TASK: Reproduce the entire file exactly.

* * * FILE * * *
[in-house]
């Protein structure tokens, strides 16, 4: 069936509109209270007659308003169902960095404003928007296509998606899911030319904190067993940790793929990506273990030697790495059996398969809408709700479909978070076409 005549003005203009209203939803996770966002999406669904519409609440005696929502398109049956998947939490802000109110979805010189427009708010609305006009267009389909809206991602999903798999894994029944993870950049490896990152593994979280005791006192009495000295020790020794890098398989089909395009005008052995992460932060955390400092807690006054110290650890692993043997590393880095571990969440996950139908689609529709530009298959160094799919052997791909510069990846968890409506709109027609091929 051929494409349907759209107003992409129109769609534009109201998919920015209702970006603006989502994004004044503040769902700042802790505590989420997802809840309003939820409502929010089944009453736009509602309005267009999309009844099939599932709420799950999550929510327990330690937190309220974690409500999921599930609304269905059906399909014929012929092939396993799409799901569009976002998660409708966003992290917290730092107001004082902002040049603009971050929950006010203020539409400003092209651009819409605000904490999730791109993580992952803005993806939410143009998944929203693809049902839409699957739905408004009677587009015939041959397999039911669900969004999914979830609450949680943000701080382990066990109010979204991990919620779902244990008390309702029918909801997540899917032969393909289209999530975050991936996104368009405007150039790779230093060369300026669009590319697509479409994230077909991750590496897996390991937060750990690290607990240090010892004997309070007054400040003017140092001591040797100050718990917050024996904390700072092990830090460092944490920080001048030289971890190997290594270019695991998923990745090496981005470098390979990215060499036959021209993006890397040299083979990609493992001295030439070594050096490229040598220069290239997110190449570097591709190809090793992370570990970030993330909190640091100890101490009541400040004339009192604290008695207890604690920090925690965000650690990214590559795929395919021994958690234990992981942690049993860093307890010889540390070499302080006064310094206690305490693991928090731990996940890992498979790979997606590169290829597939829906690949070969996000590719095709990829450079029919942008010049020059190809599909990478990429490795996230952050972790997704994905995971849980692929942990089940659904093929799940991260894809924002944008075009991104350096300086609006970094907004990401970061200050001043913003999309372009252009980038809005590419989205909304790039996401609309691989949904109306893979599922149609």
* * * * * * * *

[in-house]
């Protein structure tokens, strides 16, 4: 069936509109209270007659308003169902960095404003928007296509998606899911030319904190067993940790793929990506273990030697790495059996398969809408709700479909978070076409 005549003005203009209203939803996770966002999406669904519409609440005696929502398109049956998947939490802000109110979805010189427009708010609305006009267009389909809206991602999903798999894994029944993870950049490896990152593994979280005791006192009495000295020790020794890098398989089909395009005008052995992460932060955390400092807690006054110290650890692993043997590393880095571990969440996950139908689609529709530009298959160094799919052997791909510069990846968890409506709109027609091929 051929494409349907759209107003992409129109769609534009109201998919920015209702970006603006989502994004004044503040769902700042802790505590989420997802809840309003939820409502929010089944009453736009509602309005267009999309009844099939599932709420799950999550929510327990330690937190309220974690409500999921599930609304269905059906399909014929012929092939396993799409799901569009976002998660409708966003992290917290730092107001004082902002040049603009971050929950006010203020539409400003092209651009819409605000904490999730791109993580992952803005993806939410143009998944929203693809049902839409699957739905408004009677587009015939041959397999039911669900969004999914979830609450949680943000701080382990066990109010979204991990919620779902244990008390309702029918909801997540899917032969393909289209999530975050991936996104368009405007150039790779230093060369300026669009590319697509479409994230077909991750590496897996390991937060750990690290607990240090010892004997309070007054400040003017140092001591040797100050718990917050024996904390700072092990830090460092944490920080001048030289971890190997290594270019695991998923990745090496981005470098390979990215060499036959021209993006890397040299083979990609493992001295030439070594050096490229040598220069290239997110190449570097591709190809090793992370570990970030993330909190640091100890101490009541400040004339009192604290008695207890604690920090925690965000650690990214590559795929395919021994958690234990992981942690049993860093307890010889540390070499302080006064310094206690305490693991928090731990996940890992498979790979997606590169290829597939829906690949070969996000590719095709990829450079029919942008010049020059190809599909990478990429490795996230952050972790997704994905995971849980692929942990089940659904093929799940991260894809924002944008075009991104350096300086609006970094907004990401970061200050001043913003999309372009252009980038809005590419989205909304790039996401609309691989949904109306893979599922149609």